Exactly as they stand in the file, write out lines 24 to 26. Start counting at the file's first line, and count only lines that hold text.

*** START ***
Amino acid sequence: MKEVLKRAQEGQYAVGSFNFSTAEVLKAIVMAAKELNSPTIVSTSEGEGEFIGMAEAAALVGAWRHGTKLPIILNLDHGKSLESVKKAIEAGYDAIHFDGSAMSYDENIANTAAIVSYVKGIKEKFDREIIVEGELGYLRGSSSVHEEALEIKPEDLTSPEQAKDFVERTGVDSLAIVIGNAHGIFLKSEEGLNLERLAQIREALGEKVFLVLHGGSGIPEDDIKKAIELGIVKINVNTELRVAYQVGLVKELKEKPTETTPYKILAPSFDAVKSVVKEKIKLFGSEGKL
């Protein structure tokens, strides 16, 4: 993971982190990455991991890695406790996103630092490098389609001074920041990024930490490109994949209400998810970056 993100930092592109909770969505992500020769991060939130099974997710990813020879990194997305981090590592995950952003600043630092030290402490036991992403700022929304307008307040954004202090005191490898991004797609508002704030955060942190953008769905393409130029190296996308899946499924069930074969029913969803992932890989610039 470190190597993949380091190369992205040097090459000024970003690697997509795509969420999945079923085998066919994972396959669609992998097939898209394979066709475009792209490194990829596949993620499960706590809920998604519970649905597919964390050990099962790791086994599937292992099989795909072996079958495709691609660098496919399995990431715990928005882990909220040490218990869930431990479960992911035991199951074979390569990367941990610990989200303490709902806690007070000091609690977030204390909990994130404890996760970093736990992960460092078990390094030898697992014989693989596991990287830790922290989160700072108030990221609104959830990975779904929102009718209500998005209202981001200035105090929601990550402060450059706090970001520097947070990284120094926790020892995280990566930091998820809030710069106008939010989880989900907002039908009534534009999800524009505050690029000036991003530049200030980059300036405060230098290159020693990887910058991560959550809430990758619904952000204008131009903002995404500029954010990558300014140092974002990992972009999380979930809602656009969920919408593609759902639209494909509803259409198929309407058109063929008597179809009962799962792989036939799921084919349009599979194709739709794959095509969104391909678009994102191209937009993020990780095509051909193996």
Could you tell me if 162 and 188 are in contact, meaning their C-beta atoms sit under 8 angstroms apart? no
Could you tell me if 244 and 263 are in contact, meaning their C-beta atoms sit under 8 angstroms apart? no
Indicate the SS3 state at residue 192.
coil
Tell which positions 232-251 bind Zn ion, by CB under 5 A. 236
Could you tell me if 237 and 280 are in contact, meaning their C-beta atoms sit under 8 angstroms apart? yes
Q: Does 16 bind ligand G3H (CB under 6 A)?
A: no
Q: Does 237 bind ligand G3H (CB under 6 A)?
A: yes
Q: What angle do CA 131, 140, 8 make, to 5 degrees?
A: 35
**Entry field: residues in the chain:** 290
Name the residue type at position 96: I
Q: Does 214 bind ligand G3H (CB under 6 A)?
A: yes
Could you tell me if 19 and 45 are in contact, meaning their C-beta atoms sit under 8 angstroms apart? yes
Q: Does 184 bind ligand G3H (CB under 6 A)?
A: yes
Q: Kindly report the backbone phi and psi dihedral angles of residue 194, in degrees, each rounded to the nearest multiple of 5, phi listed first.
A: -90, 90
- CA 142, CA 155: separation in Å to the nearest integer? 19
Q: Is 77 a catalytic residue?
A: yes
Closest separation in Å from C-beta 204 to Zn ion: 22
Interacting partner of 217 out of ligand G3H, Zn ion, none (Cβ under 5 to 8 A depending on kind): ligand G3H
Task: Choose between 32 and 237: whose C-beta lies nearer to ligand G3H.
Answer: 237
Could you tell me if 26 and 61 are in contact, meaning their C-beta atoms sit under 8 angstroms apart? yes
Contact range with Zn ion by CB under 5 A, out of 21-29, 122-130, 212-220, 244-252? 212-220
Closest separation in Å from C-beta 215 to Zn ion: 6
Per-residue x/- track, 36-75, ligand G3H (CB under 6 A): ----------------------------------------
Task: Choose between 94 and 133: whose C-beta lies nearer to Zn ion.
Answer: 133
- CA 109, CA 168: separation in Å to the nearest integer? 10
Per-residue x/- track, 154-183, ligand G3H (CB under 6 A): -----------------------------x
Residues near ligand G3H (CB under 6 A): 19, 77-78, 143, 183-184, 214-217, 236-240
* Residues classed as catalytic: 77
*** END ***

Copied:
- CA 142, CA 155: separation in Å to the nearest integer? 19
Q: Is 77 a catalytic residue?
A: yes